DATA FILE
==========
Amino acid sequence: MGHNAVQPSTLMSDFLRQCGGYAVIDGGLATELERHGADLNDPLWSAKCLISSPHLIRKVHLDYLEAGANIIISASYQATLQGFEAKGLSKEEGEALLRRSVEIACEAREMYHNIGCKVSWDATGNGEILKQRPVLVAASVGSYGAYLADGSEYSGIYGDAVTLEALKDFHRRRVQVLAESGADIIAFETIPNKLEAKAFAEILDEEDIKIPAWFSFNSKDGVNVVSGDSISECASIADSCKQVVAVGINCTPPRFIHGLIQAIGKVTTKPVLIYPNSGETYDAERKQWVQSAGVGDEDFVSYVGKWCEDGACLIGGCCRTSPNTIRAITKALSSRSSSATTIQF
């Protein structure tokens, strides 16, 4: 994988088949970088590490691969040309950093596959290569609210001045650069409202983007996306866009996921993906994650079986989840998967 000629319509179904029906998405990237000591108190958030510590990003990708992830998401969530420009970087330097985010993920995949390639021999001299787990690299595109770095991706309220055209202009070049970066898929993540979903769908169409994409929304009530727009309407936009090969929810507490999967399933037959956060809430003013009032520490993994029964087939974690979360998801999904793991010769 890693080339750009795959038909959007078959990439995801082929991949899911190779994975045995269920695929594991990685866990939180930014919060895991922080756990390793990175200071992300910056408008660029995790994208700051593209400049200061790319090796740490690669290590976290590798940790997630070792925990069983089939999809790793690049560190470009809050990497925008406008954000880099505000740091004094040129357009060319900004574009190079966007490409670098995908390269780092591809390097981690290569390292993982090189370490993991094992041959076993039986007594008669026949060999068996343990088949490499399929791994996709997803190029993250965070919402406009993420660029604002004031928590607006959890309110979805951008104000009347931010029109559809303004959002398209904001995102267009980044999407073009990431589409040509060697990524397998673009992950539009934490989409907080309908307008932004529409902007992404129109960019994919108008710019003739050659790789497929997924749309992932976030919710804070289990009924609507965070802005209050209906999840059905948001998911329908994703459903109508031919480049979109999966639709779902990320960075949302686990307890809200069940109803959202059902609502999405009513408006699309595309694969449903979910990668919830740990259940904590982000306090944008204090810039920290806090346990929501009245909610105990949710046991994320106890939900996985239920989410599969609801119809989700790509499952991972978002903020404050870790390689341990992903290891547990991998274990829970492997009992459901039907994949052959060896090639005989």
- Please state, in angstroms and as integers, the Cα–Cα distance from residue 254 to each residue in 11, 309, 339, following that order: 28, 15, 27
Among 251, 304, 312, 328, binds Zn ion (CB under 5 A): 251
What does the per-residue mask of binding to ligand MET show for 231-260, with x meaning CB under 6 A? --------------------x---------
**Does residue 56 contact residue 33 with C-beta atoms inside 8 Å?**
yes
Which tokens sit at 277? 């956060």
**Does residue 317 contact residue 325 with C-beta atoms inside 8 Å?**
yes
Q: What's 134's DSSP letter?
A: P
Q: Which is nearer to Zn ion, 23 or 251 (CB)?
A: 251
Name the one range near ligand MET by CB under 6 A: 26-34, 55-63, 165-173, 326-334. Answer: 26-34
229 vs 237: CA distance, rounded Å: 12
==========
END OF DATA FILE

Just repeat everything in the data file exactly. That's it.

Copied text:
Amino acid sequence: MGHNAVQPSTLMSDFLRQCGGYAVIDGGLATELERHGADLNDPLWSAKCLISSPHLIRKVHLDYLEAGANIIISASYQATLQGFEAKGLSKEEGEALLRRSVEIACEAREMYHNIGCKVSWDATGNGEILKQRPVLVAASVGSYGAYLADGSEYSGIYGDAVTLEALKDFHRRRVQVLAESGADIIAFETIPNKLEAKAFAEILDEEDIKIPAWFSFNSKDGVNVVSGDSISECASIADSCKQVVAVGINCTPPRFIHGLIQAIGKVTTKPVLIYPNSGETYDAERKQWVQSAGVGDEDFVSYVGKWCEDGACLIGGCCRTSPNTIRAITKALSSRSSSATTIQF
């Protein structure tokens, strides 16, 4: 994988088949970088590490691969040309950093596959290569609210001045650069409202983007996306866009996921993906994650079986989840998967 000629319509179904029906998405990237000591108190958030510590990003990708992830998401969530420009970087330097985010993920995949390639021999001299787990690299595109770095991706309220055209202009070049970066898929993540979903769908169409994409929304009530727009309407936009090969929810507490999967399933037959956060809430003013009032520490993994029964087939974690979360998801999904793991010769 890693080339750009795959038909959007078959990439995801082929991949899911190779994975045995269920695929594991990685866990939180930014919060895991922080756990390793990175200071992300910056408008660029995790994208700051593209400049200061790319090796740490690669290590976290590798940790997630070792925990069983089939999809790793690049560190470009809050990497925008406008954000880099505000740091004094040129357009060319900004574009190079966007490409670098995908390269780092591809390097981690290569390292993982090189370490993991094992041959076993039986007594008669026949060999068996343990088949490499399929791994996709997803190029993250965070919402406009993420660029604002004031928590607006959890309110979805951008104000009347931010029109559809303004959002398209904001995102267009980044999407073009990431589409040509060697990524397998673009992950539009934490989409907080309908307008932004529409902007992404129109960019994919108008710019003739050659790789497929997924749309992932976030919710804070289990009924609507965070802005209050209906999840059905948001998911329908994703459903109508031919480049979109999966639709779902990320960075949302686990307890809200069940109803959202059902609502999405009513408006699309595309694969449903979910990668919830740990259940904590982000306090944008204090810039920290806090346990929501009245909610105990949710046991994320106890939900996985239920989410599969609801119809989700790509499952991972978002903020404050870790390689341990992903290891547990991998274990829970492997009992459901039907994949052959060896090639005989």
- Please state, in angstroms and as integers, the Cα–Cα distance from residue 254 to each residue in 11, 309, 339, following that order: 28, 15, 27
Among 251, 304, 312, 328, binds Zn ion (CB under 5 A): 251
What does the per-residue mask of binding to ligand MET show for 231-260, with x meaning CB under 6 A? --------------------x---------
**Does residue 56 contact residue 33 with C-beta atoms inside 8 Å?**
yes
Which tokens sit at 277? 């956060």
**Does residue 317 contact residue 325 with C-beta atoms inside 8 Å?**
yes
Q: What's 134's DSSP letter?
A: P
Q: Which is nearer to Zn ion, 23 or 251 (CB)?
A: 251
Name the one range near ligand MET by CB under 6 A: 26-34, 55-63, 165-173, 326-334. Answer: 26-34
229 vs 237: CA distance, rounded Å: 12